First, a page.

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Tamara Drewe

If you'd asked me to guess what this film was based on I would have said an old Merchant Ivory script given a makeover by Richard Curtis to add some laughs. I wouldn't have guessed it was a graphic novel, but they'll use that hot new medium to tell any sort of story nowadays – even that of a saucy comic romp in the quaint English countryside.

In this case, the fact it was based on a graphic novel is much more interesting than the movie itself. I just had too hard a time caring about wealthy, self-satisfied toffs cavorting around the countryside.

Part of the problem is that we don't know whose story we're supposed to be concentrating on. Gemma Arteron as Tamara arrives with a flourish and seems to fade into the wallpaper early on despite being the lead and giving the movie its name.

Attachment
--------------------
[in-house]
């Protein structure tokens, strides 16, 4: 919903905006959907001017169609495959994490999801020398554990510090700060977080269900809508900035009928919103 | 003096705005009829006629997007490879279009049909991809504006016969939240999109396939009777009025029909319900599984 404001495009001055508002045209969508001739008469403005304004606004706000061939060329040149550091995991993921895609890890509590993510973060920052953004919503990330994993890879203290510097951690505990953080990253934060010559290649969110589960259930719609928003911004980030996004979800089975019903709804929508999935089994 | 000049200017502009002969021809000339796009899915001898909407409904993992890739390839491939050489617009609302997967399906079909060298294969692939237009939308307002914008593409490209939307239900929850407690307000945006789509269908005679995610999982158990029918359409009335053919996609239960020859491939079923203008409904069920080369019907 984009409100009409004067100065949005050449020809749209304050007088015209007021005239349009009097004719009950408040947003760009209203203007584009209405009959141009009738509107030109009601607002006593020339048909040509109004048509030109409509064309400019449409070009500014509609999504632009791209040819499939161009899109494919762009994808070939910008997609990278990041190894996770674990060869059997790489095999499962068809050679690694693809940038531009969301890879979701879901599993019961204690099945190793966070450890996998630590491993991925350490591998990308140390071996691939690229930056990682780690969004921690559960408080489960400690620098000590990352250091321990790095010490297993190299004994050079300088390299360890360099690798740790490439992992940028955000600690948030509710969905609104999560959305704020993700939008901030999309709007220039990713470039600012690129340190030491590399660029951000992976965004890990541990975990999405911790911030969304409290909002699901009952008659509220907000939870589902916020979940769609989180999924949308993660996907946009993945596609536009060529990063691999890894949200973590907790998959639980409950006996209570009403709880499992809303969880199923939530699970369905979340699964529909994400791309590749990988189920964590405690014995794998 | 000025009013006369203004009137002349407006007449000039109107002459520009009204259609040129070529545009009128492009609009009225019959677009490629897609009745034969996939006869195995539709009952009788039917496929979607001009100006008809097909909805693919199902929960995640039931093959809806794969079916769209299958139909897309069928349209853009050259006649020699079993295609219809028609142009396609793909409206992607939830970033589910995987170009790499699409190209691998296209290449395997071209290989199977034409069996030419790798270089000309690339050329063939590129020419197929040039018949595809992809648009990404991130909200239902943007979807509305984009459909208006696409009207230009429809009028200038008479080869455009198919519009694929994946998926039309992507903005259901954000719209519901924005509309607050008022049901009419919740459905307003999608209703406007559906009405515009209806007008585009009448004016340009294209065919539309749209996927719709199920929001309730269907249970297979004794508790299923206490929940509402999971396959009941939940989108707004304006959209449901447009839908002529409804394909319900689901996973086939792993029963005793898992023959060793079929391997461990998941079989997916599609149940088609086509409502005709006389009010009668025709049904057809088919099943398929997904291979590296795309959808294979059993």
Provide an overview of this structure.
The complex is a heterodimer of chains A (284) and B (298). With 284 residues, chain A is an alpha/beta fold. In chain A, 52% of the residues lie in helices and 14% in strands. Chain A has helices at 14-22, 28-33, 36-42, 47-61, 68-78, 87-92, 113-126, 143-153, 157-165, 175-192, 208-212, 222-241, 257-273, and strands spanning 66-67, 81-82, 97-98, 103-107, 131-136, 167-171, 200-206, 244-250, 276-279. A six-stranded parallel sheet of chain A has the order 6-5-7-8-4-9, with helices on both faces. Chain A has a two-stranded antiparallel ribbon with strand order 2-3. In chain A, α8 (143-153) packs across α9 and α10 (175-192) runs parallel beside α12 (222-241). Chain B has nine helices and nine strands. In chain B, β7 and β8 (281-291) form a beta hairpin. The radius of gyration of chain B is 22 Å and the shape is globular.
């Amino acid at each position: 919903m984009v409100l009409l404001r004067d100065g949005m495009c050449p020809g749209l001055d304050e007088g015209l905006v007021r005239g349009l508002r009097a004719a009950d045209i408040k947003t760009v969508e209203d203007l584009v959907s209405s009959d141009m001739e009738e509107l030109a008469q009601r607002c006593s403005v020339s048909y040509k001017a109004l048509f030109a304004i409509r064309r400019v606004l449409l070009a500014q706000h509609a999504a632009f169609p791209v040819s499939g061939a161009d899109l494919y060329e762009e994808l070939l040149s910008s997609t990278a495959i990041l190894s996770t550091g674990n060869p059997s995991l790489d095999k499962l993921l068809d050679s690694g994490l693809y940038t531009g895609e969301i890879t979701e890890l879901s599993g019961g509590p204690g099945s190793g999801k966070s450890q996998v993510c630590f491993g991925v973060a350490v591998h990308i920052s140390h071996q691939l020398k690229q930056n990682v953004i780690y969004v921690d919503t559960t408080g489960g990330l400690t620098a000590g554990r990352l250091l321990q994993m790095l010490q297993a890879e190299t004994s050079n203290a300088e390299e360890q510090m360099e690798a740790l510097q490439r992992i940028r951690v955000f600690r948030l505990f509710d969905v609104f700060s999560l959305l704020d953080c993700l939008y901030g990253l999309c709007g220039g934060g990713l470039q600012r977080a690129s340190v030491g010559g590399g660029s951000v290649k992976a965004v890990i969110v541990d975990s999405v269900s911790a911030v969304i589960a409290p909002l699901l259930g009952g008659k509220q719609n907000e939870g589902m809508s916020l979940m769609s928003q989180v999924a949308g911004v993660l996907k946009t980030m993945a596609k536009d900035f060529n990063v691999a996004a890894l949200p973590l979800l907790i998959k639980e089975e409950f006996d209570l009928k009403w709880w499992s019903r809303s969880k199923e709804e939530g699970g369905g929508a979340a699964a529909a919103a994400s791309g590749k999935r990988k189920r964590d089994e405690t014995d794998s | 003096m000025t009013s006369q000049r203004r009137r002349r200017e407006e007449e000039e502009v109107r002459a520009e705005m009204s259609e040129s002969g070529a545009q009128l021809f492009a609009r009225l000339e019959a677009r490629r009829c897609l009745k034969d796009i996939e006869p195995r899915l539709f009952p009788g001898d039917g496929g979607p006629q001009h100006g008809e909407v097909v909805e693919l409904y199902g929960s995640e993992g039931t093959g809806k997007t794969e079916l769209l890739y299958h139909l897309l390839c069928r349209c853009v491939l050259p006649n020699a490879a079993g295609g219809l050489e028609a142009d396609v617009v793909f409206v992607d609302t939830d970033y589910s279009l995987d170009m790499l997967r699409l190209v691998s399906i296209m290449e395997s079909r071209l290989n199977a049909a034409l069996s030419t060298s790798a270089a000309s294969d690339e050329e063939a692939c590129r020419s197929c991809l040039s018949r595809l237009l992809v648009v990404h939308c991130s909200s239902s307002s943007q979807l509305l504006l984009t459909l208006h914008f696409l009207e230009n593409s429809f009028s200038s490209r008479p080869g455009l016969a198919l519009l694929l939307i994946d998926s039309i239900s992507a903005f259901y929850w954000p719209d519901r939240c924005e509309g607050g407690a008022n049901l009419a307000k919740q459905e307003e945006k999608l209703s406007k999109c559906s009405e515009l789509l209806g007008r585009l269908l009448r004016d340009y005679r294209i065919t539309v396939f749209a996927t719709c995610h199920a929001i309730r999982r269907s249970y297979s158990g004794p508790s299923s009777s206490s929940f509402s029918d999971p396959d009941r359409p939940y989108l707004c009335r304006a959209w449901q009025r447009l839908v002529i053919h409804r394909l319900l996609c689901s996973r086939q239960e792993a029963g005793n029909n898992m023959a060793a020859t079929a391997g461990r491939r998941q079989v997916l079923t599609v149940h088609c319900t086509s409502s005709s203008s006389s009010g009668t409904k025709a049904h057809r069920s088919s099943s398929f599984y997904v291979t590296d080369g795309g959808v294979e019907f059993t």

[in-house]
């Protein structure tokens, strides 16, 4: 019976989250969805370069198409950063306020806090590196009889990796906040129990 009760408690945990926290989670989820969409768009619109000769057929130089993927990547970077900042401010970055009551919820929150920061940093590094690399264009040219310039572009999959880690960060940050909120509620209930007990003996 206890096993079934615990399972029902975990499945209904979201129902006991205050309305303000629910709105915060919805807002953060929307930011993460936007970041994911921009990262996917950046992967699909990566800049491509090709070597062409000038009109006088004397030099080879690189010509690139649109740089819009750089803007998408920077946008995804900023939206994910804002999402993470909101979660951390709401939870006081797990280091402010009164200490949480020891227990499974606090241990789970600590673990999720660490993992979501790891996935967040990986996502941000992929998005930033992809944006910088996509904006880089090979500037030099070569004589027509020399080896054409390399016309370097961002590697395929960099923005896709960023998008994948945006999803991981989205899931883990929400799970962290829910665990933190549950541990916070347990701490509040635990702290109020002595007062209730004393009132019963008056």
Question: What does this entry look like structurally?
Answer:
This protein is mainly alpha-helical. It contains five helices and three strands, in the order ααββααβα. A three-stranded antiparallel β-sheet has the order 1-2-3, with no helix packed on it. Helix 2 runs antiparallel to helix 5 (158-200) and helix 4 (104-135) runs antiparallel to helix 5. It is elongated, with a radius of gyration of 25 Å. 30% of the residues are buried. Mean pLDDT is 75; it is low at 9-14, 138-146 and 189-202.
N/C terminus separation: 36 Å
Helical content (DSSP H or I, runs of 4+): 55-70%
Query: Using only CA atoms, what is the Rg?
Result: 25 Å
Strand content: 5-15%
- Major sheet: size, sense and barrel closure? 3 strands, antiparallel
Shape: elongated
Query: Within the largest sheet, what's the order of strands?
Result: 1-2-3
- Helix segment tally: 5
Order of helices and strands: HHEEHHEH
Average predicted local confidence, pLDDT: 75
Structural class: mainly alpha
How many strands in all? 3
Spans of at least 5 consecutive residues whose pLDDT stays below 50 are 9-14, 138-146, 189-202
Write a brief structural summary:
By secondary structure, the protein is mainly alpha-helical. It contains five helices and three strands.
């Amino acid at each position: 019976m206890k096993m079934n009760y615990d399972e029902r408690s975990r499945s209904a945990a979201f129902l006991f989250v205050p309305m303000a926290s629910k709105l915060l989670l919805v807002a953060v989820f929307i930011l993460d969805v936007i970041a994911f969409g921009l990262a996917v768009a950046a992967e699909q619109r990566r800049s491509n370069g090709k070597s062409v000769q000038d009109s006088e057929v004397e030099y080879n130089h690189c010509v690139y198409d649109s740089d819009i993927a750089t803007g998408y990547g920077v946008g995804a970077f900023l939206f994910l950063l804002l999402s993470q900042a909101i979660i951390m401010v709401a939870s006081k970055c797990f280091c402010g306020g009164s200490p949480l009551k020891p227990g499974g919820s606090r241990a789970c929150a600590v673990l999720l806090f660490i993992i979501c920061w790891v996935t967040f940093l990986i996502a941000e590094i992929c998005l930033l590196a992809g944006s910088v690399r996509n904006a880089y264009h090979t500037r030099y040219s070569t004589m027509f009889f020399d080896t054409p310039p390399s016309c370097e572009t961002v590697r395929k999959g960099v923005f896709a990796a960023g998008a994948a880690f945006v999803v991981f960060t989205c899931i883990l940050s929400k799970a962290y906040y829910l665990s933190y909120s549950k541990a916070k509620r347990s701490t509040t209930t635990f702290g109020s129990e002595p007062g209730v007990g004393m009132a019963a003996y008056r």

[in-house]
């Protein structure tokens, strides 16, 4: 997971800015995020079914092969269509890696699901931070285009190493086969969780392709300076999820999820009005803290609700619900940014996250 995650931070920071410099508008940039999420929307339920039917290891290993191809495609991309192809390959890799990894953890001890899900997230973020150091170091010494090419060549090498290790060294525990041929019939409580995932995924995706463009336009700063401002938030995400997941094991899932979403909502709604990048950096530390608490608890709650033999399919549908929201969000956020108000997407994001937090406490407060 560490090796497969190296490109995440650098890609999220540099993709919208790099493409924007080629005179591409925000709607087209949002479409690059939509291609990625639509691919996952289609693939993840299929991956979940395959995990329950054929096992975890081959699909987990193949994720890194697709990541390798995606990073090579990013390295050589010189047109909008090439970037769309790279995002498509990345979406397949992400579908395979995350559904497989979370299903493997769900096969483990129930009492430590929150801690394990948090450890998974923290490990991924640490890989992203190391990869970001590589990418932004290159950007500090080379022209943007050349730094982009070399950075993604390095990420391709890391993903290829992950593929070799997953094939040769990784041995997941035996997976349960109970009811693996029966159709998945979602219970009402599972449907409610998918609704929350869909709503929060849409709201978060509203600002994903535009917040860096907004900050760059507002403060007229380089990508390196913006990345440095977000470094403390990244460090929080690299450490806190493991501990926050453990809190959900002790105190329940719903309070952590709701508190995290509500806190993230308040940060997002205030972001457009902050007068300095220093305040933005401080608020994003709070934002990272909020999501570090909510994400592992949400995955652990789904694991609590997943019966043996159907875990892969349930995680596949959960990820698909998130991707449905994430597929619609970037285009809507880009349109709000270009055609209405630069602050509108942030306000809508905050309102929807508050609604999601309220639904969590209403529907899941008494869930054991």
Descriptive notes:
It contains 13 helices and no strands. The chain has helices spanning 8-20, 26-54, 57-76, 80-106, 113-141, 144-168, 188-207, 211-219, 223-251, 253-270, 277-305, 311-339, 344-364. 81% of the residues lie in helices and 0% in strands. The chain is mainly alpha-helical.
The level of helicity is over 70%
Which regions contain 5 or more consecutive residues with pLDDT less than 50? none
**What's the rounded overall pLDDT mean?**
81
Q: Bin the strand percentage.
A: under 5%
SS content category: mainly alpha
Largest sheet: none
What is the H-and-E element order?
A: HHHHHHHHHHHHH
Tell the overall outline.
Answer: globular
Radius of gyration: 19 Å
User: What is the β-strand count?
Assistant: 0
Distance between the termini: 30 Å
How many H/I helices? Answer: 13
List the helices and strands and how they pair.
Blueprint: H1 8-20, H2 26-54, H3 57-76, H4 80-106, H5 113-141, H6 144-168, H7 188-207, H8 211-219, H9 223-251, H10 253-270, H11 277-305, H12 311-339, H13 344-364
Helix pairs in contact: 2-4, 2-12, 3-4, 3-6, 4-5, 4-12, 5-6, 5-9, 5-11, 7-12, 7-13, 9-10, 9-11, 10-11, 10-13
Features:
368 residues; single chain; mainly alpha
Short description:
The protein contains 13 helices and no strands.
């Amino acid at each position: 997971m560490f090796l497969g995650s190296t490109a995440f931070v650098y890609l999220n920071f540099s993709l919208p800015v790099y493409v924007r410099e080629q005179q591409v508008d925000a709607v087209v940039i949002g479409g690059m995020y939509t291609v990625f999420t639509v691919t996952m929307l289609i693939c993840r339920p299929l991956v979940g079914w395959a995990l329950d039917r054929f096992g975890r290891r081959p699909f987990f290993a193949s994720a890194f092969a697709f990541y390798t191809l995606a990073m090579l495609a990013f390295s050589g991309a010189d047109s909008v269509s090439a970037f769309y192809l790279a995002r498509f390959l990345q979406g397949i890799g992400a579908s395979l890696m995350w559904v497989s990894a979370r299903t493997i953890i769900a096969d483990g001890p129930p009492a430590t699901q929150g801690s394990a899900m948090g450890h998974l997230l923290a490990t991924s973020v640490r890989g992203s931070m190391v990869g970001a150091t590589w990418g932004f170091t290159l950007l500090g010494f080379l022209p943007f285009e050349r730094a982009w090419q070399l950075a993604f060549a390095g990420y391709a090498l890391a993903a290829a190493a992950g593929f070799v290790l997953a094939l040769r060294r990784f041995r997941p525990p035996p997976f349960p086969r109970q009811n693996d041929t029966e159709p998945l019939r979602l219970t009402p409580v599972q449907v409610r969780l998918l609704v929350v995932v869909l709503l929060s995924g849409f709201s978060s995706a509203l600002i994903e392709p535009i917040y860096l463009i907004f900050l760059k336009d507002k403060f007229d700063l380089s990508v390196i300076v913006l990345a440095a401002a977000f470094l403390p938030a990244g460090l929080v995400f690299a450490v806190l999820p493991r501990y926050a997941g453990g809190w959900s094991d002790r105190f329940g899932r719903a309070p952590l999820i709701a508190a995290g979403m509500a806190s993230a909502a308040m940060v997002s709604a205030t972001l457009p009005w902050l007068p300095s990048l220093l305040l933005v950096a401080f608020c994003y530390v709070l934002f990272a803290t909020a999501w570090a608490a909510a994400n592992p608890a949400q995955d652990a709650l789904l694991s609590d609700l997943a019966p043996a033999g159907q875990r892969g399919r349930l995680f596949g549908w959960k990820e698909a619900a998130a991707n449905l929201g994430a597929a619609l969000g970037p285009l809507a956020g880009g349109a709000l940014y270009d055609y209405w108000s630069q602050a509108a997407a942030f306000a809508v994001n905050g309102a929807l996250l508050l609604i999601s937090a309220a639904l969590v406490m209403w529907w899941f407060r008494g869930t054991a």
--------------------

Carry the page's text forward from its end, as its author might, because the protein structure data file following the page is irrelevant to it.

She plays the former ugly duckling turned hot babe reporter who returns to her rural childhood home to sell her family property, but once there she causes ripples among the kooky inhabitants of a writer's retreat and seems to end up in bed with half the cast.

The throughline of the trouble-making teenage girls offers a few laughs and gives the film a light Much Ado About Nothing -like quality, almost the Oberon and Puck of the proceedings as the rest of the cast fall victim to the vagaries of the heart.

But the problem with the whole thing is that there's little of Shakespeare's charm, interesting characters or comedy. I'm all for movies that make you think, but it's also the directors job to put you in a particular mindset and this is just a befuddled mess.

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